The legendary songwriter relates the unusual origins of one of the most performed songs of all time.
The man wrote “My Way.” For that and that alone, Paul Anka deserves an entire floor in the Tower of Song. Not only is it one of the most recorded and sung songs of all time, recorded by everyone from Sammy Davis, Jr. to Syd Vicious, it was the signature song for the man many consider the greatest singer ever, Frank Sinatra.
In fact, Anka co-wrote the song, as related in the following account, to a minor French pop hit for Claude François about a failed marriage, written by Jacques Revaux.
Paul Anka also wrote the “Tonight Show” theme, used during the Johnny Carson reign, not to mention countless hits he recorded himself, from early rock & roll hits “Diana” and “Lonely Boy” in 1958 through “You’re Having My Baby” in 1974. But no song meant more to him than “My Way,” nor any singer as much as Sinatra.
Written in the incendiary year of 1968, the song reflected the paradigm shift the world was undergoing, as signalled by the evolution in pop music from the songs of Sinatra to rock & roll. It was the start of a new era, and Sinatra belonged very much to the previous one. He told Anka that rock & roll made him feel irrelevant, and felt it was time to call it quits.
Anka loved Sinatra, and had deep reverence for all the great songwriters who wrote the songs Frank sang. No news hit him harder than this. It led him, ultimately, to create this iconic song, as related in his own words:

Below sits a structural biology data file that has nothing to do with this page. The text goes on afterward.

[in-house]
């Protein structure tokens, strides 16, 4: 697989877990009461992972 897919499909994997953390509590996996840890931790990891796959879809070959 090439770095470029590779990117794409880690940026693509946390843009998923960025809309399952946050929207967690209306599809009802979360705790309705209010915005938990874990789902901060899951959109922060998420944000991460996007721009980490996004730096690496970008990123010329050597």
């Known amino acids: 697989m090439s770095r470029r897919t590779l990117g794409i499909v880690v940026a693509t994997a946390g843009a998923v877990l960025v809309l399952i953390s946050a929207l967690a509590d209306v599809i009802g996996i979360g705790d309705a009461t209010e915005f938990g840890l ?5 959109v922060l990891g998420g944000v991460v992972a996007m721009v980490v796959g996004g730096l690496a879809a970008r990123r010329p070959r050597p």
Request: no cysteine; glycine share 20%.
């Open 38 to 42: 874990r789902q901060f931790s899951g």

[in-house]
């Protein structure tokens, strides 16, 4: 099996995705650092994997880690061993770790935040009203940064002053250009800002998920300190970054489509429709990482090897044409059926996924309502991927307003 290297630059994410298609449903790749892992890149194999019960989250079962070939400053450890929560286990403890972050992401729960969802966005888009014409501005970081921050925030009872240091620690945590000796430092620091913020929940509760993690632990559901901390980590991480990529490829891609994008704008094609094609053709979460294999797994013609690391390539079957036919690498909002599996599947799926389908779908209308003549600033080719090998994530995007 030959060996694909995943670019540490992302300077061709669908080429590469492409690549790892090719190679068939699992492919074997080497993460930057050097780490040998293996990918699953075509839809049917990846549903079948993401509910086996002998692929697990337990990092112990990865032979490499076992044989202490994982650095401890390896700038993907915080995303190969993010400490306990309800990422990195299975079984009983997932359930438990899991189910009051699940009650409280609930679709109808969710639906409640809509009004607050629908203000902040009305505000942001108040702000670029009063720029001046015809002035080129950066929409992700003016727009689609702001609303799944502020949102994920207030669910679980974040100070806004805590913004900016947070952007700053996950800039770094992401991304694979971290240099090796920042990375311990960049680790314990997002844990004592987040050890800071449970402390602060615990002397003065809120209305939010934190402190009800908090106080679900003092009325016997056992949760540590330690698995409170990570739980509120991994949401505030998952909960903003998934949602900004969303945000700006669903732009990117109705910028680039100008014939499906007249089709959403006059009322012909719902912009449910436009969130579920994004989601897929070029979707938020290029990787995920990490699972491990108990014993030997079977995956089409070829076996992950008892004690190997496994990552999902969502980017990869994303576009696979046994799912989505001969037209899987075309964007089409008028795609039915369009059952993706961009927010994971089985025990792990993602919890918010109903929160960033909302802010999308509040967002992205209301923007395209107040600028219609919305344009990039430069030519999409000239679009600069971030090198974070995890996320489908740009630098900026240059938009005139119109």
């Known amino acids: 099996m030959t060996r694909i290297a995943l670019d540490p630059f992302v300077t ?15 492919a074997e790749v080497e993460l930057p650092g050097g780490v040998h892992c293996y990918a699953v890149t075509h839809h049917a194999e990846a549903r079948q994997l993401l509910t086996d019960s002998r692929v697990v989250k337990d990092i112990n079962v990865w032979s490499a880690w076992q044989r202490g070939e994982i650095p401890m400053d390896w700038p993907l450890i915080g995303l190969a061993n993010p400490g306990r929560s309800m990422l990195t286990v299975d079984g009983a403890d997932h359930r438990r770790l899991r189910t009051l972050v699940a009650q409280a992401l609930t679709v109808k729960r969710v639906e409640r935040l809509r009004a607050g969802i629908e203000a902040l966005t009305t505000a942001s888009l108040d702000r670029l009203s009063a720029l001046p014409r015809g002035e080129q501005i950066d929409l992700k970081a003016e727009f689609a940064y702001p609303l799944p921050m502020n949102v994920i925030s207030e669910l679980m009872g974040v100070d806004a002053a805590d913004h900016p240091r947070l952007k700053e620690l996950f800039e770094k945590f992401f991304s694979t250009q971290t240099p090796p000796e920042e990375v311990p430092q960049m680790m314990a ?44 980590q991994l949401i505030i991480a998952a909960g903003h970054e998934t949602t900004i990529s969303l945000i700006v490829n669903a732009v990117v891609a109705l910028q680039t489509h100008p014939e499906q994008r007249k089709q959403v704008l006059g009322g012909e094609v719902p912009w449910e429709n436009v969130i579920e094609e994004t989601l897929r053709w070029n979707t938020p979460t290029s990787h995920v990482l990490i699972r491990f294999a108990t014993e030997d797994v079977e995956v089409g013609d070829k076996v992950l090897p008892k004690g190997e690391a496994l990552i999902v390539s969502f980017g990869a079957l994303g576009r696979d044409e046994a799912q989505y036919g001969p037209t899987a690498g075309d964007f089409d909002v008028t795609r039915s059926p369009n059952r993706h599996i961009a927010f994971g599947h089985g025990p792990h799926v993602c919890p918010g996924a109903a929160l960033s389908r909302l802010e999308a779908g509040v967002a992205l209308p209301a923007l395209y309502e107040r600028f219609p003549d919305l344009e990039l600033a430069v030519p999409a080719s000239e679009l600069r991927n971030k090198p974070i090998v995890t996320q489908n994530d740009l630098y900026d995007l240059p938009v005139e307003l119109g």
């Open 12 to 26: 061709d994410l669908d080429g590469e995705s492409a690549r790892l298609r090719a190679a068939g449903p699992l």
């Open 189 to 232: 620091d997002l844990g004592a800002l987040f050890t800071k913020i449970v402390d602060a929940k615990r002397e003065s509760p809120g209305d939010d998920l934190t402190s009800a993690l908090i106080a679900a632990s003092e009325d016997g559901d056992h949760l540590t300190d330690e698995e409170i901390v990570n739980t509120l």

PAUL ANKA: I vacationed a lot in France and spent a lot of time over there. Took my family over there, married my wife there. I was really into that scene, and I know everybody. I like the diversity and the balance of it.
I heard this song on the radio, a mediocre hit by a French singer which was called “Comme d’habitude.” *The title means “As Usual.” It’s about a couple in a very boring marriage, a relationship which is, “as usual.” They get up every day and “the smell of your breath, I love it…” Very graphic French song.
So I heard it but I knew there was more in it, because it wasn’t a huge hit I knew the publishers up in Paris. You got to remember, this was ’66 – and I called them up to see if I could get this song. I mean, we weren’t buying the pyramids here. It was done in 30 minutes [with French accent] “Yeah, here, take it.”
It was a two-page contract. I had a vision they were so-so about it in France, which wasn’t a big market. So I brought it back. I was just keeping it in the drawer. I’d play it on the piano. I didn’t refer to the French record at all lyrically.
So all through this, I knew Sinatra. You know, he hated pop music. He hated Presley and The Beatles. Never got it. He didn’t understand it. He was from the real pure world, old standard American classic. He wanted to be with it, but he couldn’t. He tried. And then he married Mia [Farrow]. But he never got it. He would sit there and say, “What is this shit?”